Can mycorrhizal fungi indirectly affect plant-ant mutualisms?
Laird, Robert*,1, Addicott, John1, 1 Department of Biological Sciences, Calgary, Alberta, Canada
ABSTRACT- Plants provide a conduit through which below- and aboveground ecological processes can interact. For example, soil-dwelling arbuscular mycorrhizal ('AM') fungi trade soil nutrients for carbohydrates that their host plant produces during photosynthesis. This exchange alters the host plant's morphology and physiology, leading to a variety of positive and negative indirect effects on insect herbivores and pollinators. We tested the hypothesis that AM fungi can also indirectly affect insects involved in protection-for-food mutualisms, in which the insects (typically ants) protect their host plant from herbivory in exchange for food rewards in the form of extra-floral nectar. We manipulated the presence/absence of AM fungi in broad bean plants (Vicia faba L., Fabaceae) and found that plants with AM fungal associations produced fewer food rewards (i.e., fewer extra-floral nectaries) compared to plants without AM fungal associations. AM fungi are a strong carbon sink to their host plant, and these results suggest that the fungi preempt carbon that would otherwise be available for extra-floral nectar production. Future work will build on our results by testing the predictions that mycorrhizal plants should attract fewer mutualistic ants and suffer greater leaf damage from herbivores. Our results suggest that the costs and benefits of the mycorrhizal symbiosis must be considered from a multitrophic perspective. They also emphasize the importance of unifying the historically separate sub-disciplines of aboveground and belowground ecology.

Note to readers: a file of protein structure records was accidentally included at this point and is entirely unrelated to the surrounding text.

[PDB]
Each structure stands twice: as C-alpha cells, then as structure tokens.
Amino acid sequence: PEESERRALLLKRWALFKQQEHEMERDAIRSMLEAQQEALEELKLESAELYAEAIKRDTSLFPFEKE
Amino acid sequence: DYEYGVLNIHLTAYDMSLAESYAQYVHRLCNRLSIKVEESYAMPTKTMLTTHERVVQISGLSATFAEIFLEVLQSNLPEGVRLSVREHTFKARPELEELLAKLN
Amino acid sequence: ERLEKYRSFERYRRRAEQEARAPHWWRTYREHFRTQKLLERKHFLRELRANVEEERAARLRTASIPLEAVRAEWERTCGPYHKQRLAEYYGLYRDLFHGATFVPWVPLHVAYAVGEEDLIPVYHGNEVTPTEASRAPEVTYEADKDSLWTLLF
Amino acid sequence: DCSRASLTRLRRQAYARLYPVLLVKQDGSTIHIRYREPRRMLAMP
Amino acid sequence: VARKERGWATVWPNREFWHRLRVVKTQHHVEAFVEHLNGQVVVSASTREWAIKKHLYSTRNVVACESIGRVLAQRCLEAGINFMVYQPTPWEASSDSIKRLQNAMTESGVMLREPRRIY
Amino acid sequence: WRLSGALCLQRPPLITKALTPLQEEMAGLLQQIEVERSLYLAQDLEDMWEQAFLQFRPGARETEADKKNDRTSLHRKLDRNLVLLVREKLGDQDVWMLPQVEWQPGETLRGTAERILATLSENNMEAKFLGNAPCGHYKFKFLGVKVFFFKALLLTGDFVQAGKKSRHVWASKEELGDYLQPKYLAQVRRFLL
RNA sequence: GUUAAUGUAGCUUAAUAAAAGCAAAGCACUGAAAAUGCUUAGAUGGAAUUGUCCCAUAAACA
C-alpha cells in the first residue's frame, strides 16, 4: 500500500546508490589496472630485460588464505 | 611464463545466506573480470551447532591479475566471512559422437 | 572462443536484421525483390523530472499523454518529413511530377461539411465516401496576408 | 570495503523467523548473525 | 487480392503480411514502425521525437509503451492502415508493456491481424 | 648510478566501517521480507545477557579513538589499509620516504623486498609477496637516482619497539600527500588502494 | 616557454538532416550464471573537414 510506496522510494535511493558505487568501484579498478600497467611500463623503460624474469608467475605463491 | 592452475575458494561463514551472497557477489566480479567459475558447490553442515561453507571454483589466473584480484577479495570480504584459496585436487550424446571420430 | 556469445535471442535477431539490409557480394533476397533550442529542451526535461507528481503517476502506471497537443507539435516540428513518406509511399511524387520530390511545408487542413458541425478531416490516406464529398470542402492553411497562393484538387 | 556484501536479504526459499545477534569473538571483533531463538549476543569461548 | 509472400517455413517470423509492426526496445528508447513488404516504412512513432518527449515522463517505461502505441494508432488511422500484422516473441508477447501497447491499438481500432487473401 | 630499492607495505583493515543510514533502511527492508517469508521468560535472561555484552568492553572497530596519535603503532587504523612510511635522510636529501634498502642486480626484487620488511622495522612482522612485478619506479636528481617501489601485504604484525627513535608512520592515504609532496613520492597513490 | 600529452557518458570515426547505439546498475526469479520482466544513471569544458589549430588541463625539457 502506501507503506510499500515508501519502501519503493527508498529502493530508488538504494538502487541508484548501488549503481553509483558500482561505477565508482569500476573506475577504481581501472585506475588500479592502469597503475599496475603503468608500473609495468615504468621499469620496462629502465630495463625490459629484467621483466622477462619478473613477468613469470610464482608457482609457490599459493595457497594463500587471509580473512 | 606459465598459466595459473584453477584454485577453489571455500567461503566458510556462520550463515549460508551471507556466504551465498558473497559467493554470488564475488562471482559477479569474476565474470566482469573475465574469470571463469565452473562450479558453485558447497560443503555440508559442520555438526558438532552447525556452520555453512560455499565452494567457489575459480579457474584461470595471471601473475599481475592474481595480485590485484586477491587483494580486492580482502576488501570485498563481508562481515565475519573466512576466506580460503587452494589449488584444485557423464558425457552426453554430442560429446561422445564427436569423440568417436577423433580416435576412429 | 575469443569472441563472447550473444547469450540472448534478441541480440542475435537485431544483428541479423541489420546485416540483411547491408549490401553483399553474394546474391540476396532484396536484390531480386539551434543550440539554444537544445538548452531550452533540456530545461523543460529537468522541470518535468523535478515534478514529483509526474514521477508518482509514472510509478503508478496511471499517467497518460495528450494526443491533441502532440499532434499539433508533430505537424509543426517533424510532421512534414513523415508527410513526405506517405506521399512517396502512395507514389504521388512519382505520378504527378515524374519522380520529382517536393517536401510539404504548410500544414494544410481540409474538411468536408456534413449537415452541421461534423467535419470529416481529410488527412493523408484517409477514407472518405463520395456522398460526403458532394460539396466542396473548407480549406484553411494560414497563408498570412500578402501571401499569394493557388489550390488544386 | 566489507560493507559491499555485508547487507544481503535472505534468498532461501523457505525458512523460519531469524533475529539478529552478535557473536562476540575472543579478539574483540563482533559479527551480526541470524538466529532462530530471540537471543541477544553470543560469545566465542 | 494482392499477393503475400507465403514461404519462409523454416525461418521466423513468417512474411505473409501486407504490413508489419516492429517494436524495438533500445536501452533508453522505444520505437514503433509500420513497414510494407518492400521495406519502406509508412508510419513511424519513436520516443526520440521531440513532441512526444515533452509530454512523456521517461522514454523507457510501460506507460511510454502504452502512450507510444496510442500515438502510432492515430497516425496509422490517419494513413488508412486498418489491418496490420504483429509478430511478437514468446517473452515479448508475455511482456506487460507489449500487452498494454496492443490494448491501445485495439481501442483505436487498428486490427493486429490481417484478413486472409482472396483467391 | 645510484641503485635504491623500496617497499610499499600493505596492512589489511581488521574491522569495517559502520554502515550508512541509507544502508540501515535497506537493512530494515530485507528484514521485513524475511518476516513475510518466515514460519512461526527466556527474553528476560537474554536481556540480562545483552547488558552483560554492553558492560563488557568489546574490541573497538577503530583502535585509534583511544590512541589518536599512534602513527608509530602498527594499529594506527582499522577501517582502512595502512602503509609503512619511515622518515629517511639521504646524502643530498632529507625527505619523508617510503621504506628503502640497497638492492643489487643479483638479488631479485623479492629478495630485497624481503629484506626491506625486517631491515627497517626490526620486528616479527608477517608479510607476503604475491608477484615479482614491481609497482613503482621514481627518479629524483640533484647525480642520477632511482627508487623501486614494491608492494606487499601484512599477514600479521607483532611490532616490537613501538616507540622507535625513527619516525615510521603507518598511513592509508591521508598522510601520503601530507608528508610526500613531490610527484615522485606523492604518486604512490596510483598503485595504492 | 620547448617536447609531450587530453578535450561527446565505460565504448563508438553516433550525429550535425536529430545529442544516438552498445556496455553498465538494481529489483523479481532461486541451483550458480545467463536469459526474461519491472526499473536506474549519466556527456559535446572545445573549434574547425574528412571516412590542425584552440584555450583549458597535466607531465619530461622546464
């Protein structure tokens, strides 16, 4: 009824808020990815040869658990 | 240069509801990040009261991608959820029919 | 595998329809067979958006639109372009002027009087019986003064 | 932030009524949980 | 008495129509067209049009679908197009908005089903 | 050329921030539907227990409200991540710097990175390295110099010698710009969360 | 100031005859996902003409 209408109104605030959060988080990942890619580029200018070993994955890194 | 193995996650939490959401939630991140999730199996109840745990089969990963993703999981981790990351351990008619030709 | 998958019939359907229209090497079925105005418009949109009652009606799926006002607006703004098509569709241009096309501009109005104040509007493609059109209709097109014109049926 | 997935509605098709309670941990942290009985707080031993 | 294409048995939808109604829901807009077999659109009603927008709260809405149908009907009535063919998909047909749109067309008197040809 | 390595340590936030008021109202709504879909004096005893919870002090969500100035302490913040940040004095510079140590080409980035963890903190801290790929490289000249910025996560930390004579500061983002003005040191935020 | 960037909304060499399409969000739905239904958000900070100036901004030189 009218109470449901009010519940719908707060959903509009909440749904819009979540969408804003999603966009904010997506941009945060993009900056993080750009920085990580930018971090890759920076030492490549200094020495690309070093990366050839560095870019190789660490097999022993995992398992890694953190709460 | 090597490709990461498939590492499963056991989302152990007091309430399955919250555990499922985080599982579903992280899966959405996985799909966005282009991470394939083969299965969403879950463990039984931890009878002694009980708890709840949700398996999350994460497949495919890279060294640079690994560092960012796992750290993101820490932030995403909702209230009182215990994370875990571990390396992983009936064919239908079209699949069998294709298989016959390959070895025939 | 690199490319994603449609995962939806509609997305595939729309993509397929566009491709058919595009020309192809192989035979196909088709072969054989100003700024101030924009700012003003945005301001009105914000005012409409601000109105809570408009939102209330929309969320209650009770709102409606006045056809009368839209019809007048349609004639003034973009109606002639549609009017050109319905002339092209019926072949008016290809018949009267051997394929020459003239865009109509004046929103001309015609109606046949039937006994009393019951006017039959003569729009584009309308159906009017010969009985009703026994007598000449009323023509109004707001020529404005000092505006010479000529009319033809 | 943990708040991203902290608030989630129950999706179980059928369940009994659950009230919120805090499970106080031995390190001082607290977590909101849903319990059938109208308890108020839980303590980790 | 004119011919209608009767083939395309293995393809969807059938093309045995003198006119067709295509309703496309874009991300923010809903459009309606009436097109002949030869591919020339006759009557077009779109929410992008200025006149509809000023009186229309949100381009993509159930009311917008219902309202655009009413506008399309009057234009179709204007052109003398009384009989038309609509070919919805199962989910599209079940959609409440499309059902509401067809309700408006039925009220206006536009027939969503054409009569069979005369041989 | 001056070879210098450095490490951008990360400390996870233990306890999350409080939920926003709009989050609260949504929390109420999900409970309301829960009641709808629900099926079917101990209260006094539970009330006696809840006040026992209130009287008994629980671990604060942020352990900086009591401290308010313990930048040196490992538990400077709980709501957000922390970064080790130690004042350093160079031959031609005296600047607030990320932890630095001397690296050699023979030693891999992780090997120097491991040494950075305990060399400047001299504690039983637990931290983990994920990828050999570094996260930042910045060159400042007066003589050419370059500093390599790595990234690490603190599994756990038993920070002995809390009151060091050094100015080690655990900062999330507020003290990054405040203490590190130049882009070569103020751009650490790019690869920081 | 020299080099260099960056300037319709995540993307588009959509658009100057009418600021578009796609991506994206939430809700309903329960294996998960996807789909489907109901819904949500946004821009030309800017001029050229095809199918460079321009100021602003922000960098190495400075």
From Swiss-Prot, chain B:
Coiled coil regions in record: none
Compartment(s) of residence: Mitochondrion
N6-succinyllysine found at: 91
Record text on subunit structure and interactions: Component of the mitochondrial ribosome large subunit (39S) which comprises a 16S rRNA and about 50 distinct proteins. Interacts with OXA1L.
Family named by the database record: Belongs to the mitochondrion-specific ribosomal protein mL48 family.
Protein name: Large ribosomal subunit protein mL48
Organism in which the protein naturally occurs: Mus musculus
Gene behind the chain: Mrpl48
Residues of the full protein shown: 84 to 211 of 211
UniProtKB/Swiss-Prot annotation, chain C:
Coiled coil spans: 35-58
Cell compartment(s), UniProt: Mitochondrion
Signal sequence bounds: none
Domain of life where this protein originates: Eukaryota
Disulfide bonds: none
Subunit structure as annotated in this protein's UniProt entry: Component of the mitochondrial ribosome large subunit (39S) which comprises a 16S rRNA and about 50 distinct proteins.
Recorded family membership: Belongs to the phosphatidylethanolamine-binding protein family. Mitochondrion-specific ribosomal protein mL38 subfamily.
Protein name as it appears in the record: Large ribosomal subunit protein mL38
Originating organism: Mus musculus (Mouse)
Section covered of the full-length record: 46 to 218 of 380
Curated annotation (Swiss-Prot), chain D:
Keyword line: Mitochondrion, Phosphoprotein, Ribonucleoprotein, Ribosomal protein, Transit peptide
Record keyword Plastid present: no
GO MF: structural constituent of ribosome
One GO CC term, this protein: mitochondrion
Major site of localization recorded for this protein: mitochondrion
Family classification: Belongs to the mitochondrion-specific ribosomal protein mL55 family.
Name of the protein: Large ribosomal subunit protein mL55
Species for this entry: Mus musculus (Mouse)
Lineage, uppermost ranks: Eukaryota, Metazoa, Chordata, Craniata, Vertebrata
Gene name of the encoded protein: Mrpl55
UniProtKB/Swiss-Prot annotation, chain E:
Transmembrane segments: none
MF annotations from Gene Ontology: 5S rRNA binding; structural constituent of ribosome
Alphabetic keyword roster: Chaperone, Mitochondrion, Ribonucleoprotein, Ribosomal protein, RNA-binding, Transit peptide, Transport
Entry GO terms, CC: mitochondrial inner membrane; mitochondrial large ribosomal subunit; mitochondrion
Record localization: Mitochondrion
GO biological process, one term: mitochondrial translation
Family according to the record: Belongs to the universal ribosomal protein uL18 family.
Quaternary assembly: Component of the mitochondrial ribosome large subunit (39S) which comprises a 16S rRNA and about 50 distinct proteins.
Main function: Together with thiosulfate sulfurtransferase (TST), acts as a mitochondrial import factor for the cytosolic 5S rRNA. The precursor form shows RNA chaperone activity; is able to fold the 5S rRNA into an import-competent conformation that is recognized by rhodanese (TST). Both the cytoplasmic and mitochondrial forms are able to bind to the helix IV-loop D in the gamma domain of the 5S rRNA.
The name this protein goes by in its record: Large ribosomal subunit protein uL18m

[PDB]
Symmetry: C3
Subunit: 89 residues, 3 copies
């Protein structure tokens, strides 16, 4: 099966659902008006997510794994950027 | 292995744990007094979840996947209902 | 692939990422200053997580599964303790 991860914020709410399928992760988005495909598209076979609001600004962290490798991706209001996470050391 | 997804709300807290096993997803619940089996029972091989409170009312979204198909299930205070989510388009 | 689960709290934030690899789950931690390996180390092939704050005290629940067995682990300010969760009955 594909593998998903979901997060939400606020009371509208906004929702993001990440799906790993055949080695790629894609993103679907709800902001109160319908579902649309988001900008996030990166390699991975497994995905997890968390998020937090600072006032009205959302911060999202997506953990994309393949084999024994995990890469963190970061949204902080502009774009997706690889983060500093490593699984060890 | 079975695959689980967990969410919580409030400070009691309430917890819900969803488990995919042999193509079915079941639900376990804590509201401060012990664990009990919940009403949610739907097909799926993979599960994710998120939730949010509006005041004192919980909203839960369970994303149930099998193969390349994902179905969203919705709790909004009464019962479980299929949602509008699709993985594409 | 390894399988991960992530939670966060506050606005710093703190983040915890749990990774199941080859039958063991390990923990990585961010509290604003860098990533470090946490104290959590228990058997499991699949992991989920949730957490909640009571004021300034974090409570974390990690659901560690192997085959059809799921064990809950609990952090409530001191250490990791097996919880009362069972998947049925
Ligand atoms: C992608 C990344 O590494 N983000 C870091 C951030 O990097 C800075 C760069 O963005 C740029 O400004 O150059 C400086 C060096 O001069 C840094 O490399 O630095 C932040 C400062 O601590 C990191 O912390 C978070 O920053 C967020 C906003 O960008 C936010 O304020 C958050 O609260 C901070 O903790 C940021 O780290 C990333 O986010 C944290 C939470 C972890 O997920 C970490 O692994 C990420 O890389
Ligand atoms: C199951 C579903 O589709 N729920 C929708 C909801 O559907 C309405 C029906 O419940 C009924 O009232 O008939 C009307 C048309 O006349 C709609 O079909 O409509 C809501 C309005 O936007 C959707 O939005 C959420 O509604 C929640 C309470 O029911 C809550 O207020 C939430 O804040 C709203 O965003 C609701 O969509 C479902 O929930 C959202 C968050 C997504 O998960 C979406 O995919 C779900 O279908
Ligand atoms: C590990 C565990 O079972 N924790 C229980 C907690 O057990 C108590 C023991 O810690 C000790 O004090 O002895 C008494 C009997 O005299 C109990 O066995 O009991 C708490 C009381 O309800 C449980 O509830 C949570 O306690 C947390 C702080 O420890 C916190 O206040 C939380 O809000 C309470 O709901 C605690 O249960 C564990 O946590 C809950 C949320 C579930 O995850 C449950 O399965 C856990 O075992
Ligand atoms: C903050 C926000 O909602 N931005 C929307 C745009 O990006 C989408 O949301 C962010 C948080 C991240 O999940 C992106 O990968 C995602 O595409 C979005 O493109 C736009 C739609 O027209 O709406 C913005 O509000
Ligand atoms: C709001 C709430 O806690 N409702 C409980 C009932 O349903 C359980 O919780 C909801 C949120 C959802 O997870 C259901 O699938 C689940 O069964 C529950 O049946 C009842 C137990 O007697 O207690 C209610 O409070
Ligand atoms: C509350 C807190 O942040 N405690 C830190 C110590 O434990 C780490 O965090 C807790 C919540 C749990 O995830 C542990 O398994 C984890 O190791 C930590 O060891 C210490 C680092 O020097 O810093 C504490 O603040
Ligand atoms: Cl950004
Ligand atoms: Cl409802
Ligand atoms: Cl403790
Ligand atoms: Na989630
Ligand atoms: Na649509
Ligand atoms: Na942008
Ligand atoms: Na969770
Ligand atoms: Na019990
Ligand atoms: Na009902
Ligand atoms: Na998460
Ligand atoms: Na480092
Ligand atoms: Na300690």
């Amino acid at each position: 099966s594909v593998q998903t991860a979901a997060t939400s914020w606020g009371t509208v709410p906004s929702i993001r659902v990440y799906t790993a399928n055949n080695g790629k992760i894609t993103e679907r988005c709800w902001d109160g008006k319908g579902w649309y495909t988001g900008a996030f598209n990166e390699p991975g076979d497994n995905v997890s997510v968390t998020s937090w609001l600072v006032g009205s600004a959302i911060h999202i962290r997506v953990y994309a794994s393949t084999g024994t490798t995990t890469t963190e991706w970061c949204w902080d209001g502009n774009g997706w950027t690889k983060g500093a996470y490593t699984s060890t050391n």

Key words: trait-mediated indirect effects (TMIIs), belowground-aboveground interactions, fungus-plant-insect interactions
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